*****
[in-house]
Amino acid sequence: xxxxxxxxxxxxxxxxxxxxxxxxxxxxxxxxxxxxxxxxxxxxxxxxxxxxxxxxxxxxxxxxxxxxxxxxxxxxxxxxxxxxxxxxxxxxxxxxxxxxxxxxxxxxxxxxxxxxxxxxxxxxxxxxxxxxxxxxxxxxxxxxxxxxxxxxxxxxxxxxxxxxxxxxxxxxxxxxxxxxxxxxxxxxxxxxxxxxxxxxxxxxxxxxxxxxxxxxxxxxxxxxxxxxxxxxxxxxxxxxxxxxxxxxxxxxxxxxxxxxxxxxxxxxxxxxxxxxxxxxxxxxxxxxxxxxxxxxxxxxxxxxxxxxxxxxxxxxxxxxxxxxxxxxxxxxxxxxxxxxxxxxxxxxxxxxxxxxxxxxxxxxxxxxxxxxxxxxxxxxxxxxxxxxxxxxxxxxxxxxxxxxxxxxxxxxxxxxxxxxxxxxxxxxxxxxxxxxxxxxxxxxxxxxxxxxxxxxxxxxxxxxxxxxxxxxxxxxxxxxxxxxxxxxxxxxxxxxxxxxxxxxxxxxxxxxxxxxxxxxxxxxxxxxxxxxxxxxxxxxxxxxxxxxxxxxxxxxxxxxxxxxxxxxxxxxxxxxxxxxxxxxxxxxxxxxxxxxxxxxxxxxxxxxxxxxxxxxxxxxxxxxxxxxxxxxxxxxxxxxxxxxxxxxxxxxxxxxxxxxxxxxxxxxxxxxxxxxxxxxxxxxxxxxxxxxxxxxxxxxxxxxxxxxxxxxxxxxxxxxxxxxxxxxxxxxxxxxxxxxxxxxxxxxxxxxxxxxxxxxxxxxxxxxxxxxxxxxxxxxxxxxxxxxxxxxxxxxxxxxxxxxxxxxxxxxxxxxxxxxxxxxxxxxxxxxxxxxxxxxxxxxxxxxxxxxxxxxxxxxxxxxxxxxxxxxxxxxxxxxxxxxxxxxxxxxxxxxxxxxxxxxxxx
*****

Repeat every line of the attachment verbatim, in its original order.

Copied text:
[in-house]
Amino acid sequence: xxxxxxxxxxxxxxxxxxxxxxxxxxxxxxxxxxxxxxxxxxxxxxxxxxxxxxxxxxxxxxxxxxxxxxxxxxxxxxxxxxxxxxxxxxxxxxxxxxxxxxxxxxxxxxxxxxxxxxxxxxxxxxxxxxxxxxxxxxxxxxxxxxxxxxxxxxxxxxxxxxxxxxxxxxxxxxxxxxxxxxxxxxxxxxxxxxxxxxxxxxxxxxxxxxxxxxxxxxxxxxxxxxxxxxxxxxxxxxxxxxxxxxxxxxxxxxxxxxxxxxxxxxxxxxxxxxxxxxxxxxxxxxxxxxxxxxxxxxxxxxxxxxxxxxxxxxxxxxxxxxxxxxxxxxxxxxxxxxxxxxxxxxxxxxxxxxxxxxxxxxxxxxxxxxxxxxxxxxxxxxxxxxxxxxxxxxxxxxxxxxxxxxxxxxxxxxxxxxxxxxxxxxxxxxxxxxxxxxxxxxxxxxxxxxxxxxxxxxxxxxxxxxxxxxxxxxxxxxxxxxxxxxxxxxxxxxxxxxxxxxxxxxxxxxxxxxxxxxxxxxxxxxxxxxxxxxxxxxxxxxxxxxxxxxxxxxxxxxxxxxxxxxxxxxxxxxxxxxxxxxxxxxxxxxxxxxxxxxxxxxxxxxxxxxxxxxxxxxxxxxxxxxxxxxxxxxxxxxxxxxxxxxxxxxxxxxxxxxxxxxxxxxxxxxxxxxxxxxxxxxxxxxxxxxxxxxxxxxxxxxxxxxxxxxxxxxxxxxxxxxxxxxxxxxxxxxxxxxxxxxxxxxxxxxxxxxxxxxxxxxxxxxxxxxxxxxxxxxxxxxxxxxxxxxxxxxxxxxxxxxxxxxxxxxxxxxxxxxxxxxxxxxxxxxxxxxxxxxxxxxxxxxxxxxxxxxxxxxxxxxxxxxxxxxxxxxxxxxxxxxxxxxxxxxxxxxxxxxxxxxxxxxx